Stratasys, Ltd., a 3D printing equipment and materials manufacturer, recently launched its annual Extreme Redesign 3D Printing Challenge, which awards winners with scholarship money.
Stratasys, whose U.S. headquarters is in Eden Prairie, requires contest applicants to use computer-aided design (CAD) software (software that allows the user to create 2D and 3D blueprints) to design or redesign a product that improves how a task is accomplished.
Stratasys Marketing Specialist Kim Killoran told Twin Cities Business that the contest is a way for Stratasys to build brand recognition and to foster student interest and involvement in design and 3D printing.
According to Killoran and the Stratasys’ contest website, the company is seeking product ideas that have a “sound mechanical design”; are creatively designed; present a twist on a current piece of art, architecture, or engineered product; and have a specific and achievable purpose.
The 2014 contest is open to three categories of applicants: middle- and high-school engineering students, college engineering students, and art and architecture students (in middle-school, high-school, and college). This year’s “bonus category” is “Extreme Sports,” in which Stratasys requests designs for products that would be useful during a sporting activity.
Each contest submission (from an individual student or a team of two) must include a stereolithography file of the product idea, a 200-word-or-more written description, and/or a 30-second video description of the product. The description must explain the product design or redesign, what purpose the product serves or what problem the product addresses, and why it improves upon an existing solution. For complete contest rules, click here.
Entrants have until February 6 to submit their ideas. In March, Stratasys will select 10 finalists in each of the three categories from the applicant pool. In April, a panel of independent industry judges will choose three winners among the finalists from each category. Stratasys awards the first place winners from each category with $2,500 in scholarship money; meanwhile, second and third place winners receive $1,000 in scholarship money. All contest winners will also be featured on Stratasys’ website and their designs will be printed on a Stratasys 3D printer. Other prizes include $250 and $50 gift cards.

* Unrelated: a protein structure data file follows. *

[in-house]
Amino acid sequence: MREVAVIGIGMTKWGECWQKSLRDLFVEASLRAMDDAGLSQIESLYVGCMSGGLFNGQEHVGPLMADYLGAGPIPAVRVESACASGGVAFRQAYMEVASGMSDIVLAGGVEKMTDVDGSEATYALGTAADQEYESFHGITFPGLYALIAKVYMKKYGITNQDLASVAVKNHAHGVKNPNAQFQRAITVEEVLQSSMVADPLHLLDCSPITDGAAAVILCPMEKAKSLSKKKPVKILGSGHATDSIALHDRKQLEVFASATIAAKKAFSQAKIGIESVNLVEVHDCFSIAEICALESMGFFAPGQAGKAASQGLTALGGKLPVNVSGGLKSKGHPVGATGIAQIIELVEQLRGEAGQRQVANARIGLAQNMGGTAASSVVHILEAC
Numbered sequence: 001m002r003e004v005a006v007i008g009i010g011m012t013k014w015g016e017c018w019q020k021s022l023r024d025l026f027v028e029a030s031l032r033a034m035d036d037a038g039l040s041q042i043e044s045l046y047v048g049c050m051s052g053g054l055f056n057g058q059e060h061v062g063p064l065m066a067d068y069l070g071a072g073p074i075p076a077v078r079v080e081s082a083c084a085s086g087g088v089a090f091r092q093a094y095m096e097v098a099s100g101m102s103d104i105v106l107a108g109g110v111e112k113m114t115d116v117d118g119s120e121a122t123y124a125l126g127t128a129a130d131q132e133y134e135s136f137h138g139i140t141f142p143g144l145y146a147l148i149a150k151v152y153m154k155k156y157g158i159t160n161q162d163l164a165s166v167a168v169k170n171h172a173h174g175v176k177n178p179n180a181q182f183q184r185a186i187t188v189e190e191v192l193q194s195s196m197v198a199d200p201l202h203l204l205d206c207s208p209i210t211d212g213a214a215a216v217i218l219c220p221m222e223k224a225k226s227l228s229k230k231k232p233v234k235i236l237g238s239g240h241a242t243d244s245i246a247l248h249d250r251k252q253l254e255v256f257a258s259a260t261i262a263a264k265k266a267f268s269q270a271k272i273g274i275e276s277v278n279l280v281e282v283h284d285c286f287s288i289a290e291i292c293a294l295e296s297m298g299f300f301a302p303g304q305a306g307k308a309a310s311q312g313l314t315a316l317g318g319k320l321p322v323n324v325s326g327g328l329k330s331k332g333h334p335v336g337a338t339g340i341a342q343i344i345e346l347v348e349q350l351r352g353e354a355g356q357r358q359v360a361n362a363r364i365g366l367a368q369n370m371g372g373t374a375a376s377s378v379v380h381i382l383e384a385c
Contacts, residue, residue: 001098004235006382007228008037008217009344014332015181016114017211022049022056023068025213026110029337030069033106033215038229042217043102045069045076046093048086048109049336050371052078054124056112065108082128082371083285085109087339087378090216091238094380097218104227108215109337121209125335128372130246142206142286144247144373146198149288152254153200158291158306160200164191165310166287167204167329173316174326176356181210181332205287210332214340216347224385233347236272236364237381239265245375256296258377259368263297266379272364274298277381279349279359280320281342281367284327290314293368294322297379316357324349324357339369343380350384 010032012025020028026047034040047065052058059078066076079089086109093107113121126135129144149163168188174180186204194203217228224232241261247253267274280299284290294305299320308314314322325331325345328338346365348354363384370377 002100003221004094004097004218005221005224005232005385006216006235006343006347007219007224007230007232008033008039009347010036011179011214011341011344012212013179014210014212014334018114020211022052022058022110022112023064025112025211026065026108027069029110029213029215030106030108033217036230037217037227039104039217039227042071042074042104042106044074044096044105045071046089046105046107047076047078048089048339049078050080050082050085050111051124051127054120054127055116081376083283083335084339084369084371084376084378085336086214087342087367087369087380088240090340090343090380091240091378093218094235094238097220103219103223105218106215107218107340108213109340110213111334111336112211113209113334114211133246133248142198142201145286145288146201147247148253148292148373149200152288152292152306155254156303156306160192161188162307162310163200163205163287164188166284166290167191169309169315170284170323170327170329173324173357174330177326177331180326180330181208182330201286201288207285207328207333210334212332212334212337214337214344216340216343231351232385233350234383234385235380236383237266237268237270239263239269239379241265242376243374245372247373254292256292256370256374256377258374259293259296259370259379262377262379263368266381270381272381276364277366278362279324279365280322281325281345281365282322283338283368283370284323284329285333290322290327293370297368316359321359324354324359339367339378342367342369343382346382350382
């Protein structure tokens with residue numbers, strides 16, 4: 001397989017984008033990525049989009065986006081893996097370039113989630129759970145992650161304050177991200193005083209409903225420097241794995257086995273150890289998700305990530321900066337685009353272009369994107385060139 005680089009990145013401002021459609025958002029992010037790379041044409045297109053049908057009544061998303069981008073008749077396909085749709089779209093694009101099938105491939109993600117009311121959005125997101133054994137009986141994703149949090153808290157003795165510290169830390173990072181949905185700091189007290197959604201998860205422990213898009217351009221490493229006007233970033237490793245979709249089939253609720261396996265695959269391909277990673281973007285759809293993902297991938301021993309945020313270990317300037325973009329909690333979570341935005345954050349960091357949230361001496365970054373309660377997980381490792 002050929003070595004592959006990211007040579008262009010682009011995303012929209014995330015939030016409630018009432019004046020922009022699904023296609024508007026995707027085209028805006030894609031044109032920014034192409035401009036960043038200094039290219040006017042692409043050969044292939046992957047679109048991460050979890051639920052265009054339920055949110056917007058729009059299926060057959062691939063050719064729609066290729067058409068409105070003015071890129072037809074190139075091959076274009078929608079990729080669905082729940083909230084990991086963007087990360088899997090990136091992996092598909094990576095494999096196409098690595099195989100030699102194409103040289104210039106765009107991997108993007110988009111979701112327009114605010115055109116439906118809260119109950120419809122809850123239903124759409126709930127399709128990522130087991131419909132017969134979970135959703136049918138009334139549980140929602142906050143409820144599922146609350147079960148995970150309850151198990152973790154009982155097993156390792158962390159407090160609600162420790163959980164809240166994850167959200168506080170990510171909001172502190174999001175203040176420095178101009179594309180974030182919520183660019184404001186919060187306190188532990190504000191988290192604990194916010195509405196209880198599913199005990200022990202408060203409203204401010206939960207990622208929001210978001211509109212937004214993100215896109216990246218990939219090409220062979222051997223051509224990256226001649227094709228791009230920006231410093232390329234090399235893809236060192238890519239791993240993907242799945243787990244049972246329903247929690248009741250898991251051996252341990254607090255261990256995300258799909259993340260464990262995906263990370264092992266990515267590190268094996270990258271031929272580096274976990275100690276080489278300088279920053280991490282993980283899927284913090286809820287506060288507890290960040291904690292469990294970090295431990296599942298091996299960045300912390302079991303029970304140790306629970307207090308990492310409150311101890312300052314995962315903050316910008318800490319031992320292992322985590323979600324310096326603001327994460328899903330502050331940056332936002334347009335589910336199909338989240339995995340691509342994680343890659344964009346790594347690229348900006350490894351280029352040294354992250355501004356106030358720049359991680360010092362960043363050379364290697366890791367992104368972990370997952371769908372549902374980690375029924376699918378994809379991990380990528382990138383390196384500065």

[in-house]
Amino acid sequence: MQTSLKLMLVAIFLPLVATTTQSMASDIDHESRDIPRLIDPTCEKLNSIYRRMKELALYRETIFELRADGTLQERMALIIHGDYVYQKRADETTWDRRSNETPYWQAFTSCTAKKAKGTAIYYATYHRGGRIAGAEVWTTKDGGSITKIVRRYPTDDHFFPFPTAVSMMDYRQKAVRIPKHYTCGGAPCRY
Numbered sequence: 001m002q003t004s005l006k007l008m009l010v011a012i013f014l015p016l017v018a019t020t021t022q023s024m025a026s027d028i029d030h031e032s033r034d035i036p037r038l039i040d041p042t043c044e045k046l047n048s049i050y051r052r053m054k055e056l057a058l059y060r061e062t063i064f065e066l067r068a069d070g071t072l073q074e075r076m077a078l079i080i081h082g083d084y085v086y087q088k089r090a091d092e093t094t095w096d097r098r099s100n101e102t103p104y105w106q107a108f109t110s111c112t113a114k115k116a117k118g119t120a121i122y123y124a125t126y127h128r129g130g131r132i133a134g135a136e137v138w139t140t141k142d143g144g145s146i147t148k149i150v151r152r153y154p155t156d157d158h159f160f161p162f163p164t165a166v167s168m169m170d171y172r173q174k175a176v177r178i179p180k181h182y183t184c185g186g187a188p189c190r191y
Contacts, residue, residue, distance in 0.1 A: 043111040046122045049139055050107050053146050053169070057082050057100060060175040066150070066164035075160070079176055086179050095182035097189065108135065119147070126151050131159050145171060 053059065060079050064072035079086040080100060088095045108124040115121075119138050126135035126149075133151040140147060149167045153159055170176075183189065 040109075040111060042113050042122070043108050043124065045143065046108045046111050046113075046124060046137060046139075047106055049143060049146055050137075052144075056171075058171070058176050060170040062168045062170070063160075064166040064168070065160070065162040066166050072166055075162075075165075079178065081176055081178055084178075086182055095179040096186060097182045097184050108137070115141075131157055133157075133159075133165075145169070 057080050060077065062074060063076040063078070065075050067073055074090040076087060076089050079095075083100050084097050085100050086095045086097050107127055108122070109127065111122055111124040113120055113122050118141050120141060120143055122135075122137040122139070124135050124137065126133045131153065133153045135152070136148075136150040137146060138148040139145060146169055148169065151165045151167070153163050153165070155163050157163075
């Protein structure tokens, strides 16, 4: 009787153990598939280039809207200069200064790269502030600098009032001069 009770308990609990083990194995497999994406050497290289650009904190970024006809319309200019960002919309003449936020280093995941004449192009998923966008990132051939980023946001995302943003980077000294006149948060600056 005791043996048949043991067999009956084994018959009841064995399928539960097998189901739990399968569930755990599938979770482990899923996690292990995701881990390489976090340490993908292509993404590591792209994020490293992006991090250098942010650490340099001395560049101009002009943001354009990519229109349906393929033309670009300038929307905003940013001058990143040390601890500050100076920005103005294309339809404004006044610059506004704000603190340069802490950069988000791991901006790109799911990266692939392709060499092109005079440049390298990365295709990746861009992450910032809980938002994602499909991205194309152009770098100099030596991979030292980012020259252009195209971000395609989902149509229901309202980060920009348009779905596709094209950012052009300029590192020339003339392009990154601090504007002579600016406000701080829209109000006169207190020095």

Killoran said that while Stratasys won’t turn the contest ideas into commercial products, the company will use the designs for promotional purposes and to demonstrate how Stratasys’ 3D printing technology works.
The first place winners of the 2013 Extreme Redesign contest college engineering category were Andrew Roderick and Brian Booth of Andrews University in Berrien Springs, Michigan. Details of the team’s design, named “Crawler 2.0,” are confidential while the concept is under recommendation for a potential licensing agreement, according to Stratasys’ website.
The winner of the art and architecture category was Connor Nicholas of Savannah College of Art & Design in Savannah, Georgia. Nicholas’ “Emergent Automated Manufacturing” design uses 3D printing to create a multi-dimensional additive manufacturing process—a way to print a building in a serial manner that uses local materials, reduces energy and waste, and controls quality at a high resolution, Stratasys said.
Josh Ryan, of Grand Haven High School in Michigan took first in last year’s middle- and high-school engineering category. Ryan designed a magnesium fire starter meant to be a weatherproof, portable, and durable alternative to other fire starter options.
Other 2013 winning ideas included a mathematical board game, an easy-open bottle cap, and a “snack cup” based on the typical travel mug design.
After Stratasys merged with Israel-based 3D-printing company Objet, Ltd., in December, the 3D printing company continued its growth with a large acquisition. In June, it purchased industry competitor MakerBot in a stock transaction worth approximately $403 million. Following the merger, Stratasys said it planned to add 80 to 100 employees by the end of the year. In addition to its Eden Prairie office, Stratasys maintains a corporate headquarters in Rehovot, Israel.
This article is reprinted in partnership with Twin Cities Business.